strong inclusion - as a verb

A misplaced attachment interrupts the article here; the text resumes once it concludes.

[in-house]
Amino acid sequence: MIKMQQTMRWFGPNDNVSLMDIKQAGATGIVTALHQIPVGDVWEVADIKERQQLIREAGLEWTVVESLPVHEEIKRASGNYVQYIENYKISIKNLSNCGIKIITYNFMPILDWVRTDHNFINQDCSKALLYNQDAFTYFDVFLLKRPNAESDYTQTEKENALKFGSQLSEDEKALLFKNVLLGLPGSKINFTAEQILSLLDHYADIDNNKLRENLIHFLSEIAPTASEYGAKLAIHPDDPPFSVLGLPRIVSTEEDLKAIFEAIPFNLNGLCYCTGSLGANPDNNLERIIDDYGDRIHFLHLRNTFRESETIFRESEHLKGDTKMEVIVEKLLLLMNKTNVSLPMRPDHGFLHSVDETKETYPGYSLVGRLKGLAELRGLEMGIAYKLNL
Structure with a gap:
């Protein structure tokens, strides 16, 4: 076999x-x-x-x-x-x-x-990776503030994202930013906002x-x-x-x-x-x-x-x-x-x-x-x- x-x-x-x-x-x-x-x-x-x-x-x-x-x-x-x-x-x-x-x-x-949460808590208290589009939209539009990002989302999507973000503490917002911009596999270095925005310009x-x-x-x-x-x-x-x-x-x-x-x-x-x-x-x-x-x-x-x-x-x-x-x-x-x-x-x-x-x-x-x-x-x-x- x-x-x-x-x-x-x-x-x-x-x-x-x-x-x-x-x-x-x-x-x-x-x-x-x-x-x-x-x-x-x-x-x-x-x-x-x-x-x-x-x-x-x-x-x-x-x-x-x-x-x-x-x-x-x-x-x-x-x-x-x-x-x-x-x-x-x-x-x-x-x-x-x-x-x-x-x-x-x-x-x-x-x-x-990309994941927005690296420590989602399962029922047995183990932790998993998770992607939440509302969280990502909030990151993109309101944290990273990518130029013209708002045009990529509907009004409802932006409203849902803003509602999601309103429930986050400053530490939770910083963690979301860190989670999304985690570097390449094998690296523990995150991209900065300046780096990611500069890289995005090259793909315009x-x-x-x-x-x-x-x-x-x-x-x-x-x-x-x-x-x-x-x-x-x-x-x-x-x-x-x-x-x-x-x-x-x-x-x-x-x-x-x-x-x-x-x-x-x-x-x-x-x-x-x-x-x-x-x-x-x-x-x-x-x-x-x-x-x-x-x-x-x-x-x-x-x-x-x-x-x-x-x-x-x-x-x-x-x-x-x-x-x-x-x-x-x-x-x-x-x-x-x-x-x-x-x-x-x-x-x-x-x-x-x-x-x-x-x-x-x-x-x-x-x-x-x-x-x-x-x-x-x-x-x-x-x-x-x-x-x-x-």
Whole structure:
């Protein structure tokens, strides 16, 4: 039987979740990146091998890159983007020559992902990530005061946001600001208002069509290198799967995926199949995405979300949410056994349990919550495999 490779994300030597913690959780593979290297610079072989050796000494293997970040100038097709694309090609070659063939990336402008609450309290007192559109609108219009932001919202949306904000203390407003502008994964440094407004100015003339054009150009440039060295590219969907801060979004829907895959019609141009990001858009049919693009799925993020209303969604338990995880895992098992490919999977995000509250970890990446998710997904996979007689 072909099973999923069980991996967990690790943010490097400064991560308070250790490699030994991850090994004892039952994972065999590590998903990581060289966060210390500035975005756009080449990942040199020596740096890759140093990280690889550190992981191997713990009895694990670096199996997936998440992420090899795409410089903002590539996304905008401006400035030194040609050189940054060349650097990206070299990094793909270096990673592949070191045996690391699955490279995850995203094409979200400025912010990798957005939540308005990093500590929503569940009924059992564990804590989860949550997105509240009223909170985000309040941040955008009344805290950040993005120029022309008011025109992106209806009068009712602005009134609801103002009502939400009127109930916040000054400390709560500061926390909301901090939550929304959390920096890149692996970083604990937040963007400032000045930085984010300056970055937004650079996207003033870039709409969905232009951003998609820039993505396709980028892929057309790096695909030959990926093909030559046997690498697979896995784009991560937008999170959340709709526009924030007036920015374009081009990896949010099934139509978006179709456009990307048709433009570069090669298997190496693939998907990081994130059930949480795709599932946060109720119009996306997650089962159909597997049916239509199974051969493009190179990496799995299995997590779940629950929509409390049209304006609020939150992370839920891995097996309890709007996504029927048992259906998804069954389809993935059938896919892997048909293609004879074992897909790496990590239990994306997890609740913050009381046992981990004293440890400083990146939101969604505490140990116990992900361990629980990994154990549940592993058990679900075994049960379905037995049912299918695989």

A third stage of inclusion has a deeper spirit and intent. This ’strong’ stage is not about even genuine welcome, but about revealing the gifts of all. It includes affirmation but is really about celebration, led by everyone in our diversity when we are all truly empowered. It is about inclusion as a verb: about active practice day by day; including like Uniting, as a dynamic community of living and belonging. It is also wonderful for any organisation. For we no longer have to work hard at showing we are diverse and inclusive. We demonstrably are. It is our very DNA. Others see it, which also saves many promotional expenses! The Uniting Church aspires to this, and at times manages it. The most visible sign is the Covenant with Uniting Aboriginal & Islander Congress - although, even there, questions remain, including about resourcing and how voices are actually heard and make a difference. Yet the Uniting Church as a whole is not there yet. I sense however that Uniting can move into at least some kind of ‘stronger’ inclusion, where all levels of staff and operations see it as their own work. That is another major shift, but ultimately, as it becomes more natural, it in fact requires less work from advocates and leadership than ‘weak’ and ‘medium’ inclusion – for it belongs to everyone, when everyone truly belongs. True including thus also leads on to expansiveness.